Cities in CUBA
In recent decades, the Cuban government has continually tried to maintain a precarious balance between the gradual abandonment of the socialist economic system and the ever-present desire to maintain firm political control over the economy.
In April 2011, during the first party congress of the Cuban Communist Party in thirteen years, the party leaders agreed on a plan for, certainly by Cuban standards, far-reaching economic (liberal) changes. That plan is still being implemented step by step, and Cubans are now allowed, for example, to buy electrical appliances and mobile phones, stay in hotels and buy and sell cars. Many government jobs have also been abolished as part of the change process, and so-called 'cuentapropistas', independent entrepreneurs, of which there are now hundreds of thousands, have been allowed.
In recent years, the Cuban regime has liberalised the economic model even further by allowing more and more private property, selling houses was allowed and farmers were allowed to sell their harvest directly to consumers and, for example, hotels. In addition, foreign companies were allowed to invest in the Cuban economy; a so-called 'Special Development Zone' was created around the port of Mariel.
Since 2016, economic growth has been tempered by problems with the supply of oil products from Venezuela, which is in serious economic trouble. Since 2000, Venezuela had been a major supplier of oil, up to 100,000 barrels a day. In turn, Cuba paid with Cuban workers, including tens of thousands of medical professionals who went to work in Venezuela.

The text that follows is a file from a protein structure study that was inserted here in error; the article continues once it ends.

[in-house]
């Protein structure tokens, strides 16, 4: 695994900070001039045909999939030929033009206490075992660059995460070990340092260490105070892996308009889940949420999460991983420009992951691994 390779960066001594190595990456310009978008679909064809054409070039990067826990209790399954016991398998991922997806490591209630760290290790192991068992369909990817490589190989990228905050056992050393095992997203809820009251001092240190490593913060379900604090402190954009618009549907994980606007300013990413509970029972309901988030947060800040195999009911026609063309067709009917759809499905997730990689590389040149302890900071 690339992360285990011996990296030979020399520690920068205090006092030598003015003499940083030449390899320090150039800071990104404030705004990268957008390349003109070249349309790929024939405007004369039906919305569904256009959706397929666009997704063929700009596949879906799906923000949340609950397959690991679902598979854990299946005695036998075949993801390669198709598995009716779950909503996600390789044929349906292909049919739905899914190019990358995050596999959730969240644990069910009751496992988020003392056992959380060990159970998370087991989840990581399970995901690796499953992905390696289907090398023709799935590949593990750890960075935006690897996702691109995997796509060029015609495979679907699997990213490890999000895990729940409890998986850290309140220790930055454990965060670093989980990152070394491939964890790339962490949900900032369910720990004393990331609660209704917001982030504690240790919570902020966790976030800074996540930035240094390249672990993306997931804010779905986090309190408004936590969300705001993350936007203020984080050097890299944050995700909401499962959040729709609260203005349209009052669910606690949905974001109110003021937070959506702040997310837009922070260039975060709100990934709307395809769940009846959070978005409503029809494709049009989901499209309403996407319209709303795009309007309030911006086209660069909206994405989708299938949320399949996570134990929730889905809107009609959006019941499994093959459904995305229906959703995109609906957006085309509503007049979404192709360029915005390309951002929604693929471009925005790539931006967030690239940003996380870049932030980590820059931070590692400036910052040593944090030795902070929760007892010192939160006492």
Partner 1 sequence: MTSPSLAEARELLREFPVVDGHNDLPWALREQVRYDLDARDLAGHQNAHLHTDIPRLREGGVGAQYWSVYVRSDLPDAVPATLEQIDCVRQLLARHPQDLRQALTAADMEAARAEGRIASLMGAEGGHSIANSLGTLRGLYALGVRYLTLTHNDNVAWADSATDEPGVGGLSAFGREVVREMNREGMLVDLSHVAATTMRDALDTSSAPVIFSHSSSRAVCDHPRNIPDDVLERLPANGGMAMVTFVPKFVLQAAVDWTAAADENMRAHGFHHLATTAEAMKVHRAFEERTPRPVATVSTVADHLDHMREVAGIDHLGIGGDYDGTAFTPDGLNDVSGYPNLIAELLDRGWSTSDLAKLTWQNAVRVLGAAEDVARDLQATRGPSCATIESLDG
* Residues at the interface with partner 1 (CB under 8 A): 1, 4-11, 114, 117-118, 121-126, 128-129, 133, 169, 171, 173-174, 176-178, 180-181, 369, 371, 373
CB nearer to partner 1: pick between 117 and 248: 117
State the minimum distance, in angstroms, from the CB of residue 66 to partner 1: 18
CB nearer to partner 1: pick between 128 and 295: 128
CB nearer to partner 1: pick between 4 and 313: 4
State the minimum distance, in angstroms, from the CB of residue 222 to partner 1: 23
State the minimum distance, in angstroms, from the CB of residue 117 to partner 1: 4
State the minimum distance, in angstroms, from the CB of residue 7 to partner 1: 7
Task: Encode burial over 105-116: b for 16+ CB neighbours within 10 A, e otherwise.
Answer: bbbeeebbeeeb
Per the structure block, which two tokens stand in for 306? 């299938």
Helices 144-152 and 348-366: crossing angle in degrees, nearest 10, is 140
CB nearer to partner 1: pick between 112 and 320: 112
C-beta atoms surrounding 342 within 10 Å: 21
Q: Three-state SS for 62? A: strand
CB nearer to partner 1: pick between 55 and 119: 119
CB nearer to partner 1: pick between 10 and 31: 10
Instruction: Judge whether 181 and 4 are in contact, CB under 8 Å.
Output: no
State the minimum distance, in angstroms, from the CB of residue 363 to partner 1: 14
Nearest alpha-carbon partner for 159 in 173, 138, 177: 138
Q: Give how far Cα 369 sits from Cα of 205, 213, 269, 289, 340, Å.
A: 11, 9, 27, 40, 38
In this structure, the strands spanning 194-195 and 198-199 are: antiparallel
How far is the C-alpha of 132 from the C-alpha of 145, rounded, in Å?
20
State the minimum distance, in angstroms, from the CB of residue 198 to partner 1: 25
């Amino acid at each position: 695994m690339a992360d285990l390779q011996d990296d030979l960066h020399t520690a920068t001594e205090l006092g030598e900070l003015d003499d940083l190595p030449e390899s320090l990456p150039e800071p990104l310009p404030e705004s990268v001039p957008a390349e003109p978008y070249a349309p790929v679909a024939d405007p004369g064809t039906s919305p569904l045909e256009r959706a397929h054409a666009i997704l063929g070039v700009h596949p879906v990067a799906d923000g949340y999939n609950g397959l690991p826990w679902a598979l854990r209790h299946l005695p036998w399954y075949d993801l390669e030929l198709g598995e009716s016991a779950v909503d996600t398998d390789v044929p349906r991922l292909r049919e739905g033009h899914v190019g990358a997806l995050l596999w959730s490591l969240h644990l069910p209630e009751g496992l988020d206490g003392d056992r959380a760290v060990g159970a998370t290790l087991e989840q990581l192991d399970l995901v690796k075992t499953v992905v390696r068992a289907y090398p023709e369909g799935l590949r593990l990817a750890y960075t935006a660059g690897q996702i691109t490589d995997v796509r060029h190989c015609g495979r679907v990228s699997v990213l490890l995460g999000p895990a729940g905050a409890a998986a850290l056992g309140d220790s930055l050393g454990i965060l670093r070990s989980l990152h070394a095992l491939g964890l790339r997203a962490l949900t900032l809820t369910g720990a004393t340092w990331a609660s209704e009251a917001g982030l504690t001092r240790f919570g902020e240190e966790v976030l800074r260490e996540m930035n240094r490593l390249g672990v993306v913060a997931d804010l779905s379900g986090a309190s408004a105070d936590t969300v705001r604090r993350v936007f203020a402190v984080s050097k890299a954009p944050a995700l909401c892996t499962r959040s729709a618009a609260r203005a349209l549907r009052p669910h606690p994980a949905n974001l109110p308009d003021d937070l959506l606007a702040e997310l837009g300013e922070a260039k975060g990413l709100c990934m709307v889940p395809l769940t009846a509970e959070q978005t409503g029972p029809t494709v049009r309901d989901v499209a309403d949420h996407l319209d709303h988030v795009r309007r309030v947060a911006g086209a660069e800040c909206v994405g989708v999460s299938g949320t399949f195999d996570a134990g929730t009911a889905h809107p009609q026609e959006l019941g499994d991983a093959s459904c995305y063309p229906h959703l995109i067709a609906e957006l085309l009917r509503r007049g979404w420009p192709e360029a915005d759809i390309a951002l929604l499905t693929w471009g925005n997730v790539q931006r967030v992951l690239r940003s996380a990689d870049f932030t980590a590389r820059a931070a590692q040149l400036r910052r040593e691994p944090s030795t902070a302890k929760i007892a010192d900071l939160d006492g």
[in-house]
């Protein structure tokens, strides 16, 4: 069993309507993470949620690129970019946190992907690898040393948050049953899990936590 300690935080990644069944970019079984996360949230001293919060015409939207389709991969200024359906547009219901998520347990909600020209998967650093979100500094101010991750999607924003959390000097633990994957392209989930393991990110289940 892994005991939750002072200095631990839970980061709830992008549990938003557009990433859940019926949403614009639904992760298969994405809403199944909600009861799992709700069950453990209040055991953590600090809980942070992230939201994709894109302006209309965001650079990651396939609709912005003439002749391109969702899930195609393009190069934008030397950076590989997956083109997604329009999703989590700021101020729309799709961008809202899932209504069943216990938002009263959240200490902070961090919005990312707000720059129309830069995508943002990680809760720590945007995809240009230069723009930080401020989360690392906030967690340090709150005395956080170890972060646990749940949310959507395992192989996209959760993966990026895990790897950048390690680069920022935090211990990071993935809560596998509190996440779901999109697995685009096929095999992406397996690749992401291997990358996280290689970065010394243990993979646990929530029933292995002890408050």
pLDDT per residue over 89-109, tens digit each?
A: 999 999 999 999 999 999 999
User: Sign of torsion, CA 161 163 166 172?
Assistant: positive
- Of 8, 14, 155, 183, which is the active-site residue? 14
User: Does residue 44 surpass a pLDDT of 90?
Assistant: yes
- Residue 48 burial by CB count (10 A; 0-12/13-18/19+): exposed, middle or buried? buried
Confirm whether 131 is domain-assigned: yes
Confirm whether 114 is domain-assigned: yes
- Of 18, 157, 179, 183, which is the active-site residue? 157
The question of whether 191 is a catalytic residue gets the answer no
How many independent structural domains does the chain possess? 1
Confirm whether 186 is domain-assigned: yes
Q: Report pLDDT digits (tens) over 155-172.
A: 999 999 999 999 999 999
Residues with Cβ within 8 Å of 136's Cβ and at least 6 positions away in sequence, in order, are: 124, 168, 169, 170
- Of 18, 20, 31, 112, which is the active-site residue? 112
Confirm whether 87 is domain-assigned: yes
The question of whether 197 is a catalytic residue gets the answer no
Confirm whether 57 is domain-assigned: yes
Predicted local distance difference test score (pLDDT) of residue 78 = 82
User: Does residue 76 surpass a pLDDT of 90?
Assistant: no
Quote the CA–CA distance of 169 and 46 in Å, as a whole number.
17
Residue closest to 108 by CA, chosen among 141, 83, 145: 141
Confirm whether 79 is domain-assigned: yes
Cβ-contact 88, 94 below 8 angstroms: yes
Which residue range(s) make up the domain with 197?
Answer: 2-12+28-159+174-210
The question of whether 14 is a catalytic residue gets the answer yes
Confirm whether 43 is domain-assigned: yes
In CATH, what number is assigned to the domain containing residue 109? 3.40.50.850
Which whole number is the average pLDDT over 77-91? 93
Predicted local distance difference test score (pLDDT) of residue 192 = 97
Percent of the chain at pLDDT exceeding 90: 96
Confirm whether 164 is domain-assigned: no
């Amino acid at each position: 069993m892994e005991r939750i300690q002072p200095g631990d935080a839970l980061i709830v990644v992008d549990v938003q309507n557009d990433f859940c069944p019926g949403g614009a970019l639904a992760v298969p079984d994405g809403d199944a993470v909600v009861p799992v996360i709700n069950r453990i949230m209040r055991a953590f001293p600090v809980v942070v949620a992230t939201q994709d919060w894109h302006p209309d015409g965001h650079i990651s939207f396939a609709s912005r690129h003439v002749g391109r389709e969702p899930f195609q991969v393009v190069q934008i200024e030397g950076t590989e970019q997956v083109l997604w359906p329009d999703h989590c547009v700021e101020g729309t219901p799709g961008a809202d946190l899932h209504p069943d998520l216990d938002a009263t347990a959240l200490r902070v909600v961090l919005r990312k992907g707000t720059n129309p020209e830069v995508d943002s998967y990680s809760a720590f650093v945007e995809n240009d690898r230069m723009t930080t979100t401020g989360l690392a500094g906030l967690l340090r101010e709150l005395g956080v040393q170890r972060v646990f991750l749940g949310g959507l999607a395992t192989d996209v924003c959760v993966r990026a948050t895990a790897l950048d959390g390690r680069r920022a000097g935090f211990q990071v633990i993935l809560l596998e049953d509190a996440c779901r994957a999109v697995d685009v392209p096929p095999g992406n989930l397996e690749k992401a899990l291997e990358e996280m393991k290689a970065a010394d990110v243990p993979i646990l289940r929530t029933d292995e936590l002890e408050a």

Before the United States imposed a trade embargo in 1960, it was by far Cuba's most important trading partner. Later, that role was taken over by the Soviet Union and other socialist countries (in 1983, 87% of total trade was with these countries). The Soviet Union in particular effectively subsidised the Cuban economy by buying sugar at above world market prices, supplying oil at low prices and providing development aid. Cuba also secured Western currency by selling part of its production (sugar, nickel, tourism) on the non-socialist market. In addition, especially in the 1970s, much capital was borrowed. Because of this and the trade deficit, the debt to western countries had grown. The main export products are sugar and rum, nickel, fish, coffee, tobacco, tea, cocoa, citrus and oil products. The main imports are oil and capital goods.
The length of the railway network is 12,654 km, 60% of which is used in the sugar sector and 40% for public transport. From Pinar del Rio to Santiago there is a 1144 km long road with a branch to the capital. The total road network is 20,000 km long. Passenger traffic is growing strongly, especially in the public transport sector. Besides domestic connections, the national airline Cubana provides flights to foreign countries. The main airport is José Mart¡ near Havana, there are also three international airports in Holgu¡n, Santiago de Cuba and Varadero. The merchant fleet transports only a small proportion of its own imports and exports. The main ports are Havana, Cienfuegos, Santiago de Cuba, Guyabal and Matanzas.
Baijer,M / Cuba
Cuba : a short history
Cambridge University Press
CIA - World Factbook
BBC - Country Profiles
Copyright: Team The World of Info